Students and administrators have often commented positively about my ability to bring humor into the classroom, but I had never made a direct correlation between this humor and student achievement.  The purpose of this study was to try and make that connection by using humorous warm-up activities, assignments, and lectures during two astronomy lessons.  Initial results showed improvements in student participation and recall, but over time, the improvements due to humor decreased.

Marty King

The Effects of Using Interactive Lessons on Students’ Understanding of Anatomy

This project examines the integration of various interactive and visual activities to a traditional lecture-based high school anatomy class. The supplements included podcasts, multiple pictures, and short videos imbedded in the PowerPoint lectures, games used with iTouches, Webquests on the computer, and full length videos. The data indicate mixed results as to long-term retention of concepts but there was a more comfortable learning environment regarding the students’ and the instructor’s attitudes. There was an increase in the students' understanding of concepts between the treatment and nontreatment units.

Shannon Knodel  
The Effectiveness of a Classroom Response System as a Method of Formative Assessment in a Middle School Science Classroom
The purpose of this study was to investigate the effectiveness of a Classroom Response System (CRS) in determining student understanding about particular science concepts.  Correct and incorrect responses were discussed after each question so misconceptions could be cleared up immediately. Survey and interview results indicated the CRS was the preferred method of formative assessment, but post-test scores did not show a significant improvement.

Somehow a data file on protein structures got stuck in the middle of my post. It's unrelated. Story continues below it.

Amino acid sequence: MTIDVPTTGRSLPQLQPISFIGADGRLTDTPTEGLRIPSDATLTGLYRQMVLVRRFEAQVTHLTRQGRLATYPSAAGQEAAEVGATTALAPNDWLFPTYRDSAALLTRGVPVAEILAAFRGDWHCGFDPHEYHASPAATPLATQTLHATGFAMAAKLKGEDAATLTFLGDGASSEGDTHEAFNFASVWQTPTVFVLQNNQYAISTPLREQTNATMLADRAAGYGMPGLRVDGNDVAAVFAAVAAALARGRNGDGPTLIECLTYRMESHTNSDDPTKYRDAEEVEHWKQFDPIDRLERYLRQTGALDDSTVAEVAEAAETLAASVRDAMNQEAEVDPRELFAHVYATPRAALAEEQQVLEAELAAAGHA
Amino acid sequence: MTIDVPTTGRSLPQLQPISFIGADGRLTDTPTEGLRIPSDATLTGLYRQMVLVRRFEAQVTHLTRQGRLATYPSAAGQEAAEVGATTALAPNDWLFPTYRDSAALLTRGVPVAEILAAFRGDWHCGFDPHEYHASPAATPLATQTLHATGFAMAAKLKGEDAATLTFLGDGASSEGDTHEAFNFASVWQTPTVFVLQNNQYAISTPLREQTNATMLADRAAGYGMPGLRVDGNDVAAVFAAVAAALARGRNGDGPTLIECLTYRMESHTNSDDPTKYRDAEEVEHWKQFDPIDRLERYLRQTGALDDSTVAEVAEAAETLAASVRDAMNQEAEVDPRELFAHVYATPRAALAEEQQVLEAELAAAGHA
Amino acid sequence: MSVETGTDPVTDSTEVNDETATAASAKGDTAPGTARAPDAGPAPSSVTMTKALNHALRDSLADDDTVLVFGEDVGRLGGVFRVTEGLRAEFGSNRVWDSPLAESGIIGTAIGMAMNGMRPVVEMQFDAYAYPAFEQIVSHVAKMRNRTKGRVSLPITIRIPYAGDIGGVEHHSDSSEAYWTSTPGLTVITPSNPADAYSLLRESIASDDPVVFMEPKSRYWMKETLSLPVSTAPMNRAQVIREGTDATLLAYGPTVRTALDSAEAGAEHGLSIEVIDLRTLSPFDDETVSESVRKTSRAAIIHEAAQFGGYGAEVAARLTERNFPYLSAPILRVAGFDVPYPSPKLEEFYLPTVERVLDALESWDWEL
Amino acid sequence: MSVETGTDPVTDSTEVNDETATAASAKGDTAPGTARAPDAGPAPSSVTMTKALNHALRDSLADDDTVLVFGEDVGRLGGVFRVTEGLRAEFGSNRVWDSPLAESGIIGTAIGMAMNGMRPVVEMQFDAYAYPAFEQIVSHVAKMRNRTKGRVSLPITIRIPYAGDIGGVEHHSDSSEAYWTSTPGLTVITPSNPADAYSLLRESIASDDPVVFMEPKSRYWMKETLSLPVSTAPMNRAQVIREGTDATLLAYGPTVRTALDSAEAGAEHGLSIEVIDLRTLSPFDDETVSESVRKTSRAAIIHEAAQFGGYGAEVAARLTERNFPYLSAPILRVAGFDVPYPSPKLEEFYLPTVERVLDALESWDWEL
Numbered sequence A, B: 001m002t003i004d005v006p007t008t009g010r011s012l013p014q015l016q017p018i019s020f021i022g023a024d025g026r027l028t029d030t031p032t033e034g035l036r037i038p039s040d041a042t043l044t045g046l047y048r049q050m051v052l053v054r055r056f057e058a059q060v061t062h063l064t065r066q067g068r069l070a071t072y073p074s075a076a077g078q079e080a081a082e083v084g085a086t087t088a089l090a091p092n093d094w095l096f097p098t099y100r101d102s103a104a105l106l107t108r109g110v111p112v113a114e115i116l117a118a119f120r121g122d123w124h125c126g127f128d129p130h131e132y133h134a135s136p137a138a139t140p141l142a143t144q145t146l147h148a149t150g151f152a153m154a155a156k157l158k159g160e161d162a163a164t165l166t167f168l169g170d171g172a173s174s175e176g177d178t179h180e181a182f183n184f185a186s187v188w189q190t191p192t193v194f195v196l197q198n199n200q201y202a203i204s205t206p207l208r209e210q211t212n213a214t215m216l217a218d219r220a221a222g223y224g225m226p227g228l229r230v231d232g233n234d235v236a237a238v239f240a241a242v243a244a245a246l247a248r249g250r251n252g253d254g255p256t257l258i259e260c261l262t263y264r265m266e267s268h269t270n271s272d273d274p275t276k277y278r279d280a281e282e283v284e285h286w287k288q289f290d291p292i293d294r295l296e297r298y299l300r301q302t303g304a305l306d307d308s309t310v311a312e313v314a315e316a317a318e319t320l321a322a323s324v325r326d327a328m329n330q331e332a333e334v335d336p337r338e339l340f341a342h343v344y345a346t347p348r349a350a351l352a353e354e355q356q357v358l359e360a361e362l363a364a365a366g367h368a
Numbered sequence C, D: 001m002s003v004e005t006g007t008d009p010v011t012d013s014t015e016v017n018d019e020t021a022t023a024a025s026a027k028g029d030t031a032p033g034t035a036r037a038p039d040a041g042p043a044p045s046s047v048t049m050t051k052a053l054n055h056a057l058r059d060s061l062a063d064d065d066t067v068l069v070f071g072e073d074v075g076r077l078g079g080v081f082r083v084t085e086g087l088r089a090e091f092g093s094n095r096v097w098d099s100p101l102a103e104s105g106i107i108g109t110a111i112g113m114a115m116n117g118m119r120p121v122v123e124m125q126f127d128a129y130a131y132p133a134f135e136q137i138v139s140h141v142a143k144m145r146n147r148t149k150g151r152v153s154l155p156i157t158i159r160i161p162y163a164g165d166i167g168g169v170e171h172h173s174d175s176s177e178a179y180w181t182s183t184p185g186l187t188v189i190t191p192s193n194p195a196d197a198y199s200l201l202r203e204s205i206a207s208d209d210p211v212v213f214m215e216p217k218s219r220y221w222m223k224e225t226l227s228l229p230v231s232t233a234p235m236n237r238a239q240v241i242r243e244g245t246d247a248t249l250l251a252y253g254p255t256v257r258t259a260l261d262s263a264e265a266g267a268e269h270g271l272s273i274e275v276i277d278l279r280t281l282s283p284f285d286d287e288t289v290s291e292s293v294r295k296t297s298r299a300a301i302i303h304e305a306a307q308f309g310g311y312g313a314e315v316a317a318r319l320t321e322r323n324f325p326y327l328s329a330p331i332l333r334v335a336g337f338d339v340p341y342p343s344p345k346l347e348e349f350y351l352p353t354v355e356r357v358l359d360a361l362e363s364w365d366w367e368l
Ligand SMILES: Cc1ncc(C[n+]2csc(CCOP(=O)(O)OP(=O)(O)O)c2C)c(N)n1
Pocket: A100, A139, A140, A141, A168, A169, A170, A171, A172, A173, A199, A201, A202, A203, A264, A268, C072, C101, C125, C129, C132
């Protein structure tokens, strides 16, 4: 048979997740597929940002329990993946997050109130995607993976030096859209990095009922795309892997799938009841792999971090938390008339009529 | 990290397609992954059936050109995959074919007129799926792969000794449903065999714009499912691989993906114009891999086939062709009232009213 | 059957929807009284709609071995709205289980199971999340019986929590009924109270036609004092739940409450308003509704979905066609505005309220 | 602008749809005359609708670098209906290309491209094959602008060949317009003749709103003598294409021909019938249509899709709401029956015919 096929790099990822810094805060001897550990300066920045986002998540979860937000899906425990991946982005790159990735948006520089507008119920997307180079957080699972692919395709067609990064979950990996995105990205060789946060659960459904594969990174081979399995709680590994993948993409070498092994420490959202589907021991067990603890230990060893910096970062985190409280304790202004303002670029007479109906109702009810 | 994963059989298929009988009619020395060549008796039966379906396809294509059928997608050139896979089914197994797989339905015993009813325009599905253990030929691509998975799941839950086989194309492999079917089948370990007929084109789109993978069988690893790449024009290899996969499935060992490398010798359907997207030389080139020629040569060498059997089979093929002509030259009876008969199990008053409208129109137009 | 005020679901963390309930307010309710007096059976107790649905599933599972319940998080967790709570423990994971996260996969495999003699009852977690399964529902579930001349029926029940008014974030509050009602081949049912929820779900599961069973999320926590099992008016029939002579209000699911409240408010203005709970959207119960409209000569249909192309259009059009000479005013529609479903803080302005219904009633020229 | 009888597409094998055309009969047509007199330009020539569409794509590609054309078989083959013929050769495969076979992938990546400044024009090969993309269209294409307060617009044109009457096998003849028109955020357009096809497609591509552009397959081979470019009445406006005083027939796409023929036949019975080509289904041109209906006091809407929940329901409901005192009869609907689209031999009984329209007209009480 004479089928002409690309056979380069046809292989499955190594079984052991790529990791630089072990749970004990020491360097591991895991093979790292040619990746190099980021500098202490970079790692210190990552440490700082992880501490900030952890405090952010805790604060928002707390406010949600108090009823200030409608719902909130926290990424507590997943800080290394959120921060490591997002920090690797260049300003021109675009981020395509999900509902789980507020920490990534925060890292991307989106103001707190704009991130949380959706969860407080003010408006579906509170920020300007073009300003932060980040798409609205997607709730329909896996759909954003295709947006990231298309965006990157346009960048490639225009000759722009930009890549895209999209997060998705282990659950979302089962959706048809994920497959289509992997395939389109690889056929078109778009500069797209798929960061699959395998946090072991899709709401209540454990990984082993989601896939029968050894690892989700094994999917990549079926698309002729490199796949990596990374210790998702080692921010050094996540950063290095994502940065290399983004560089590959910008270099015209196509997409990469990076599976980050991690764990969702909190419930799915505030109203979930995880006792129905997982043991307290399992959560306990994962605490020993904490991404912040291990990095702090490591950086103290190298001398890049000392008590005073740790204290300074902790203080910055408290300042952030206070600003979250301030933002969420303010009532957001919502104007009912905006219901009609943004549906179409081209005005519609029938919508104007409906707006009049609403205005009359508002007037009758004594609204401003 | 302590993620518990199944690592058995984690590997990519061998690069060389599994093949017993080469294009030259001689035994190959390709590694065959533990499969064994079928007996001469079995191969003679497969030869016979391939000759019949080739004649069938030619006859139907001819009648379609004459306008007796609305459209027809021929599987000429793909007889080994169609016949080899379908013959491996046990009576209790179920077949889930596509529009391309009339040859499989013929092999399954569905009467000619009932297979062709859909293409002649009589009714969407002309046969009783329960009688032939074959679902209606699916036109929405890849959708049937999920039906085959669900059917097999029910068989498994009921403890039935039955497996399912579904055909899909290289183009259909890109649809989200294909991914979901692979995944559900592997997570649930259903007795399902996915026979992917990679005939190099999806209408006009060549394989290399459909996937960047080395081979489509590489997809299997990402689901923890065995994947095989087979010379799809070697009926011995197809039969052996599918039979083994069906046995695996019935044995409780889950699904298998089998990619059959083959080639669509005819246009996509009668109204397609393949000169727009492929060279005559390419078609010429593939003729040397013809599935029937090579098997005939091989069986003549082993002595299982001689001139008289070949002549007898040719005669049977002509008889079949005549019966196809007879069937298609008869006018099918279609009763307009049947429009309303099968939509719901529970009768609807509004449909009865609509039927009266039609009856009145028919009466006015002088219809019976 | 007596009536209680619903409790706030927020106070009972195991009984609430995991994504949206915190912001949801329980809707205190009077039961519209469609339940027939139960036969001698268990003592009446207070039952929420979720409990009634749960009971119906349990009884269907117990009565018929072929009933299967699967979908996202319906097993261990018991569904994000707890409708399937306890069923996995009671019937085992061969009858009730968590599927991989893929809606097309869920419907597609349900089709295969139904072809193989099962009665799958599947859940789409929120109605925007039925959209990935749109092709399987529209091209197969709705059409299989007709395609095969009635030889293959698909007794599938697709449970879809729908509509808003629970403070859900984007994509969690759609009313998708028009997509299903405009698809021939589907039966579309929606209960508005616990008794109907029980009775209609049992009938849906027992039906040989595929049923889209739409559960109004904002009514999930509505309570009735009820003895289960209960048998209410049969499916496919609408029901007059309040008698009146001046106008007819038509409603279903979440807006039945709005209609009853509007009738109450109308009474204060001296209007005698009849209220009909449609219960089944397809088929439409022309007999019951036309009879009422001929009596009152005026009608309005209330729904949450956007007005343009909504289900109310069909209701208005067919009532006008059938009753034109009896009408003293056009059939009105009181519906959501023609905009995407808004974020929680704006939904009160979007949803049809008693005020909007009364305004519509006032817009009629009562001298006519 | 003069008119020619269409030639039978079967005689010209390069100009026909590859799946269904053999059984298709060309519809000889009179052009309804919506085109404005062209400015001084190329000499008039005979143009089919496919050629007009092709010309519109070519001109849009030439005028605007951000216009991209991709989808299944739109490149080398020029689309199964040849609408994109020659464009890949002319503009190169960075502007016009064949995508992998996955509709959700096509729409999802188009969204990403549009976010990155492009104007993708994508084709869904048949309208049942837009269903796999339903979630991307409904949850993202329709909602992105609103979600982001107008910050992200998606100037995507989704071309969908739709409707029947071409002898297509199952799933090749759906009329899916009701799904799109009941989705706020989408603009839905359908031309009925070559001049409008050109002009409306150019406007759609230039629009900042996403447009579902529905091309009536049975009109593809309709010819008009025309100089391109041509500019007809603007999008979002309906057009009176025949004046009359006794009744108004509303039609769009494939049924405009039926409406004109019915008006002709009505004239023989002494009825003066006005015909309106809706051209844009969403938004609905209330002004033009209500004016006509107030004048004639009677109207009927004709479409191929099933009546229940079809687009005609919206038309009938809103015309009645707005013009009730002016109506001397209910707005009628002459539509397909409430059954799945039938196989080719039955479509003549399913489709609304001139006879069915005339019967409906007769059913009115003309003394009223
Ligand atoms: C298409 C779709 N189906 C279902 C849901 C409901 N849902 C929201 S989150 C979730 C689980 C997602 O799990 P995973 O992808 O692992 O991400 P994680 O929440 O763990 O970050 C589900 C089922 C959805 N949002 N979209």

JoDe Knutson-Person

Increasing Science Awareness of Elementary Students Through a Service Learning Outreach Project Using College Students

Two-year college students participated in a service learning outreach project with two classes at a local elementary school with a high underrepresented population. The project was designed to increase the content knowledge of all the students involved, empower the elementary students, and fulfill some needs of the college awareness program within the elementary school. Analysis was completed
using results from questionnaires and journals.

Karen L. Lund

Utilizing a Comprehensive Webpage to Improve Science Classroom Performance

The purpose of this study was to improve student classroom performance through the use of a detailed chemistry webpage.  Students utilized a monthly assignment calendar with links to all classroom materials.  Links to additional chemistry resources for review and reinforcement were also available to assist both present as well as absent students in their learning.  Results indicate that the treatment increased assessment scores and improved student learning behaviors. 

Kathryn Madden

The Use of Inquiry Based Instruction to Increase Motivation and Academic Success in a High School Biology Classroom

A variety of inquiry based lessons and non inquiry based lessons were used to motivate and increase academic success with a freshman biology honors students.  Student self surveys, biology journals, and lab skills were indicators of motivation. Scores on standardized tests and other assessments were used to monitor students’ academic success. Trends indicated an increase in student motivation to do science while testing scores were varied.

 Margaret K. Magonigle

The Effects of Using an Inquiry-Approach Through the 5E Lesson Format on Middle School Earth and Space Science Students